• Vitamin deficiency anemias. Your body not only needs iron to make healthy red blood cells but also folate and vitamin B-12. If you don't have enough of these vitamins, your body may produce fewer red blood cells. In many cases, folate or vitamin B-12 deficiency is due to poor diet. However, some people may consume enough B-12, but their bodies cannot properly absorb it.
  • Aplastic anemia. This is a rare but potentially life-threatening form of anemia. Aplastic anemia occurs when the body loses the ability to make enough red blood cells. Common causes of aplastic anemia include infections, exposure to toxic chemicals, drugs and autoimmune diseases.
  • Hemolytic anemias. These types of anemia occur when red blood cells are destroyed faster than they can be replaced. Hemolytic anemias can be caused by leaky heart valves, aneurysms (abnormal ballooning of the blood vessel), infections, autoimmune diseases or birth defects. These anemias can be inherited or may develop later in life.
  • Sickle cell anemia. This is an inherited form of anemia that, in some cases, can be serious. Sickle cell anemia is caused by an abnormal type of hemoglobin that causes red blood cells to take on a "sickle" shape. These misshapen red blood cells can die early, leading to a lack of red blood cells. They can also get caught in the blood vessels and clog blood circulation.
  • Anemias caused by other diseases. Some diseases can disrupt your body's ability to produce red blood cells. Such diseases include cancer, HIV/AIDS, rheumatoid arthritis, Crohn's disease and other chronic inflammatory diseases. Kidney disease can also lead to anemia because the kidneys are not making enough erythropoietin, a hormone that signals red blood cell production. Cancers of the blood or bone marrow (e.g., leukemia, multiple myeloma and lymphoma), and the chemotherapy to treat these cancers, can also interfere with the body's ability to make new red blood cells.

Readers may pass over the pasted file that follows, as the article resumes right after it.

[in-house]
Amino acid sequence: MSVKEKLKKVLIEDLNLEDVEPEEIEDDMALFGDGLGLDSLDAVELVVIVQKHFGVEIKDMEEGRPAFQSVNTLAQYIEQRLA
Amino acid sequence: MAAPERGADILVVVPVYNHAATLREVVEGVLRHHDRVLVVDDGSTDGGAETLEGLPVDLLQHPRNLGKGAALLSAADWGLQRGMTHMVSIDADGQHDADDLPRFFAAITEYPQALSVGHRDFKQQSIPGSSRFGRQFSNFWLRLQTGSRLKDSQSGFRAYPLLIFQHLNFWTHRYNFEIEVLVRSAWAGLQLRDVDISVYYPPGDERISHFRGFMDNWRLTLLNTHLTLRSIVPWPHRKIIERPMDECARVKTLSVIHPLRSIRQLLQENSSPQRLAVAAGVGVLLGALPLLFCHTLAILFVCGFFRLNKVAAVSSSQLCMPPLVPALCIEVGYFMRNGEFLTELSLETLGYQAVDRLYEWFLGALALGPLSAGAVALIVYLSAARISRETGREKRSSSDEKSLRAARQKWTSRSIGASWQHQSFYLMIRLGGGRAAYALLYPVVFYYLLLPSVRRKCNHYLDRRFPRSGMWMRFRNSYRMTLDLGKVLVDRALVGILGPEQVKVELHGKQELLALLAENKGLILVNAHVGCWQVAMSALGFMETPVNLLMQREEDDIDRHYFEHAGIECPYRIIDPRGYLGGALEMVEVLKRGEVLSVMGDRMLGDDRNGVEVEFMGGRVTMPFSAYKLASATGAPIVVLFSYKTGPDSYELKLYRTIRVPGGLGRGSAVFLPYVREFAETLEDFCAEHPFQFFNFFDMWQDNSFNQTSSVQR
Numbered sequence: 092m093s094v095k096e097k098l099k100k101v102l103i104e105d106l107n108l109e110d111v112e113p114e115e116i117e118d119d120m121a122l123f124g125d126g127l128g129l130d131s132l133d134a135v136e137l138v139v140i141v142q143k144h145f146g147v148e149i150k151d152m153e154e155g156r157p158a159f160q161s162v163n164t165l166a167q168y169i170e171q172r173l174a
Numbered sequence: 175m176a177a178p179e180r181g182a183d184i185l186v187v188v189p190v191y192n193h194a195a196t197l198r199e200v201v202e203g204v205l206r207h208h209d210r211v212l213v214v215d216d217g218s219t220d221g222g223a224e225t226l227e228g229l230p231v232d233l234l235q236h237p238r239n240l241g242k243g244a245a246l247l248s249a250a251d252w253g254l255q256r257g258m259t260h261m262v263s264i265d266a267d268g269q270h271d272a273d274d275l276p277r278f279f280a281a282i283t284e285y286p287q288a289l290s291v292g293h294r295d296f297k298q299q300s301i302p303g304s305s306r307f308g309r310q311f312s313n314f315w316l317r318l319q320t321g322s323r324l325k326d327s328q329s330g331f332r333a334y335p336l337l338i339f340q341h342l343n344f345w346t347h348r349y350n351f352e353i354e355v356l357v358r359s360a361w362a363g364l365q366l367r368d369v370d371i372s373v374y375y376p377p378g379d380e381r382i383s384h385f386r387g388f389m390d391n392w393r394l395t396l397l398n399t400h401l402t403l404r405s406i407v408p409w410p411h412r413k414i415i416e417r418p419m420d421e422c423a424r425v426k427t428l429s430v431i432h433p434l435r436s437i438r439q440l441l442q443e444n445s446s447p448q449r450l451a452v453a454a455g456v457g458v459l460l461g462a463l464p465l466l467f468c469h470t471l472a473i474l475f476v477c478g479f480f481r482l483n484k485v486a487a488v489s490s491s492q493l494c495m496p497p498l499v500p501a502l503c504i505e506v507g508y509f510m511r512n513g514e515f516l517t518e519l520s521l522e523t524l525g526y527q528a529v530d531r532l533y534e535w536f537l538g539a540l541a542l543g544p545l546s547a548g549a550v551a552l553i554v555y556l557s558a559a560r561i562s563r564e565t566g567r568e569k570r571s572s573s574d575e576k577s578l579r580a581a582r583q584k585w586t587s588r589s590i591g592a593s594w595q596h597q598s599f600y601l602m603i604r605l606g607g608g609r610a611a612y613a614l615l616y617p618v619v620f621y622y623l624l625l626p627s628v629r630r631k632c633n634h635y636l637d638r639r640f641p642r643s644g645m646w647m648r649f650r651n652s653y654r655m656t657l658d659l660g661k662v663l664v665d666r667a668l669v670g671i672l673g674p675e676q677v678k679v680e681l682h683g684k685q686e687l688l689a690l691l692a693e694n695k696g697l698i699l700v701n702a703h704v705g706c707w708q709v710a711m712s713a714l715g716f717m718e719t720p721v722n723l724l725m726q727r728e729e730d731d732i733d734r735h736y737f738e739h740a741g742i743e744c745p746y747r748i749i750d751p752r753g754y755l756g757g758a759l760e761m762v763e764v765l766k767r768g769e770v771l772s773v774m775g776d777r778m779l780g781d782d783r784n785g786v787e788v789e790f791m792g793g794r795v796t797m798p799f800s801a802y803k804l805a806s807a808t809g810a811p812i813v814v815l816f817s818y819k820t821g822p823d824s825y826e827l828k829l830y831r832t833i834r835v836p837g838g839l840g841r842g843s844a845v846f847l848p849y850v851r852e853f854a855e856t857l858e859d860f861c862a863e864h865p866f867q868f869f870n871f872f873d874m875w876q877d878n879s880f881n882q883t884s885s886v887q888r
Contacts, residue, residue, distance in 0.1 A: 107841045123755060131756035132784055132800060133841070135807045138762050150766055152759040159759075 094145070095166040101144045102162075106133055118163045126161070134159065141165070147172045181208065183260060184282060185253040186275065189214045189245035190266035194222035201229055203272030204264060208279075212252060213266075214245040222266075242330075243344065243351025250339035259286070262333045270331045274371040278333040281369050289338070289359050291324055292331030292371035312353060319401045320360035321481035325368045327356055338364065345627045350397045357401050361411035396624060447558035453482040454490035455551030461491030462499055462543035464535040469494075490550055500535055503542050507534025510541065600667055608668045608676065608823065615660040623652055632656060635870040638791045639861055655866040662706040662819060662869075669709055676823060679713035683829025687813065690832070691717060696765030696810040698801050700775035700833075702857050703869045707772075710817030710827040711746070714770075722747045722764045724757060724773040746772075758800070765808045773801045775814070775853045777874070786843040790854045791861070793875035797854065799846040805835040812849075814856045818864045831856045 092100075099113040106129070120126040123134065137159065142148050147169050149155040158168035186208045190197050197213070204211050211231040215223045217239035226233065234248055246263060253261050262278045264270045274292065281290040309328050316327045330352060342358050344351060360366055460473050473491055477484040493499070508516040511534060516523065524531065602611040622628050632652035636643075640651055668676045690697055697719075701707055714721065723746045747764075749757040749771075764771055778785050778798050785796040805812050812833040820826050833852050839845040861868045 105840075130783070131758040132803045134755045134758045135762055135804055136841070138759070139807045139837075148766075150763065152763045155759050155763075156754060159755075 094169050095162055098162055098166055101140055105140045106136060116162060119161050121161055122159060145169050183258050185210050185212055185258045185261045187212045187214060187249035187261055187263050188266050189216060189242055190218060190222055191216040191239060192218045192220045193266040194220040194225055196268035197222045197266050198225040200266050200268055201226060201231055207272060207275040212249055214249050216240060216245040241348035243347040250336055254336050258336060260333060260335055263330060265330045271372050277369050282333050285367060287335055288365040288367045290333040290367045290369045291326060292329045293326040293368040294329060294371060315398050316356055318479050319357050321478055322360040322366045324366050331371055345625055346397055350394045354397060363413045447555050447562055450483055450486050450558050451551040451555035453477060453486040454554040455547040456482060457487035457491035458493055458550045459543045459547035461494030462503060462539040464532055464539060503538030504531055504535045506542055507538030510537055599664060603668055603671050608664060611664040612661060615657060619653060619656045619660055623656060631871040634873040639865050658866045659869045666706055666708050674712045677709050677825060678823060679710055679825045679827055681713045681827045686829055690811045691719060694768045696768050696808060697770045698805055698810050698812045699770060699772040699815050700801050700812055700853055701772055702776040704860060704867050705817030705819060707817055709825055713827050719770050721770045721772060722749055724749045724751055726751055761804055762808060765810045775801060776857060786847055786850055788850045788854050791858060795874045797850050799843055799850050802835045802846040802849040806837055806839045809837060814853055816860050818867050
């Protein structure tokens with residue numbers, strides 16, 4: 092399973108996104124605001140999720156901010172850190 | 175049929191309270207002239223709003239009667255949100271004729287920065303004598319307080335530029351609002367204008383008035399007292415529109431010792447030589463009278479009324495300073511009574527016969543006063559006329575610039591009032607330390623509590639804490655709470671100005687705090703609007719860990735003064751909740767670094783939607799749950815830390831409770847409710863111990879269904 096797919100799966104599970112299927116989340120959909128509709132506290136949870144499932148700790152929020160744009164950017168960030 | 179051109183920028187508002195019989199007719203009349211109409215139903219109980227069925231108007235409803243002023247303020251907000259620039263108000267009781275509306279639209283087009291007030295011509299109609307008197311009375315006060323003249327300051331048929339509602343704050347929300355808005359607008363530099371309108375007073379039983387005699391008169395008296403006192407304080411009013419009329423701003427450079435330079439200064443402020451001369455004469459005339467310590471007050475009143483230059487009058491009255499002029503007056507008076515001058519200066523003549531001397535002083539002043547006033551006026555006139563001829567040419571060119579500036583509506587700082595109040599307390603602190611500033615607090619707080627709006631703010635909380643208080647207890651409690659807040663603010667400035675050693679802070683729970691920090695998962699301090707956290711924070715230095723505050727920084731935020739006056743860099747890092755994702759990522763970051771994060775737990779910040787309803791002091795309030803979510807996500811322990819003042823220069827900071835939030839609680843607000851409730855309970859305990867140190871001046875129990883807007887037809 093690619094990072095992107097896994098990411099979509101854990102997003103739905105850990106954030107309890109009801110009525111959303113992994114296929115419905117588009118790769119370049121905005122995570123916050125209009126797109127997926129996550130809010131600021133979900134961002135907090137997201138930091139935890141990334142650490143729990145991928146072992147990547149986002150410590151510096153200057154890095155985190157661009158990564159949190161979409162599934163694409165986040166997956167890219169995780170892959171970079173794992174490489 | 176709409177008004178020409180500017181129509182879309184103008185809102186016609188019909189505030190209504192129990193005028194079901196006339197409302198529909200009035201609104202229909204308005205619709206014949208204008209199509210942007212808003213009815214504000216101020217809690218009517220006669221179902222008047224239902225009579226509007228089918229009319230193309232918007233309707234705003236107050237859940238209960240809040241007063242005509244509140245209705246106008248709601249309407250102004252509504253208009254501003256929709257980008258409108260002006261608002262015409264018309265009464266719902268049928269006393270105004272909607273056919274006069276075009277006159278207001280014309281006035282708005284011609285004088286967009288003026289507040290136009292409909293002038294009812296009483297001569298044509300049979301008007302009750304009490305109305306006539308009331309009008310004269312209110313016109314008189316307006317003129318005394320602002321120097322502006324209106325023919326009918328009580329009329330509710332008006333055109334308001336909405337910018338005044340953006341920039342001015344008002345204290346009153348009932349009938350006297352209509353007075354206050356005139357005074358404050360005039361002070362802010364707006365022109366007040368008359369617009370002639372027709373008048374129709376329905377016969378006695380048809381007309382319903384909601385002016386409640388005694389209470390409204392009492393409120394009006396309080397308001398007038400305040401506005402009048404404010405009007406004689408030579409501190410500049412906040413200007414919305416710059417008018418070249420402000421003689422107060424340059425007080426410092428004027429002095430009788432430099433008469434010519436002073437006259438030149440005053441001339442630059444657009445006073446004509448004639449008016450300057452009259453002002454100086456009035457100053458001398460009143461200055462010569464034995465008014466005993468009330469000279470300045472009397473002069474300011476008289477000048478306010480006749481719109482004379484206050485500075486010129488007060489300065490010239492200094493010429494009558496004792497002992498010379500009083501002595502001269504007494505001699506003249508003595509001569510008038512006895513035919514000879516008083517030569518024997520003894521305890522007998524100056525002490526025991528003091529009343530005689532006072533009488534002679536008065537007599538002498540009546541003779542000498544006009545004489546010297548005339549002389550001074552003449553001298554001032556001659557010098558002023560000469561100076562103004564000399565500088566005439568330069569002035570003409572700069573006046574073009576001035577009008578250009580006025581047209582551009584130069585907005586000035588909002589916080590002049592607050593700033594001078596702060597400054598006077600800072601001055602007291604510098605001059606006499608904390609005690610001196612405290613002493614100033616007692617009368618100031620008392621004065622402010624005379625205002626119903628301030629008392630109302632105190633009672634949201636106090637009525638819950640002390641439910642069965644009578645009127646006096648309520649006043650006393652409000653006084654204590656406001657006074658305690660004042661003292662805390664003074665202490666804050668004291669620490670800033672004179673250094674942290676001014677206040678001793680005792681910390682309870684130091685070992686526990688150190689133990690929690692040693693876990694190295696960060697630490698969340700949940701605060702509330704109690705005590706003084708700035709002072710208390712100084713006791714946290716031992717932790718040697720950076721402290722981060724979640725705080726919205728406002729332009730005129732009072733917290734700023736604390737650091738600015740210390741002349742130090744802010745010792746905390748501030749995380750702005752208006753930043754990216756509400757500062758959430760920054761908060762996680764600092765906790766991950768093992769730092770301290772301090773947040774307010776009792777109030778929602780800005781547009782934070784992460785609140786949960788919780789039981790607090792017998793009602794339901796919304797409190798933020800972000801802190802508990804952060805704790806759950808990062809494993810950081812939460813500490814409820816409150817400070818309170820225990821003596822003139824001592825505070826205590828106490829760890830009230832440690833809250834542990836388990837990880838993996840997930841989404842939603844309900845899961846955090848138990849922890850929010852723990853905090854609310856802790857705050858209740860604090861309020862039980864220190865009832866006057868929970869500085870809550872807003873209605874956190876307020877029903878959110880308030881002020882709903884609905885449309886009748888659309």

Am I at risk for anemia?

You may be at risk of anemia if you have any of the following risk factors:

  • A diet lacking in iron, vitamin B-12 or folate
  • Intestinal disorders, such as Crohn's disease or celiac disease, which affect the absorption of nutrients
  • Surgery or removal of parts of the small intestine that are involved in nutrient absorption
  • Pregnancy, in which a woman's iron supply is needed not only for her body but also that of her growing baby
  • Heavy periods, which cause loss of red blood cells
  • Chronic conditions such as cancer, kidney failure and liver failure among many others
  • A family history of anemias that can be inherited, such as sickle cell anemia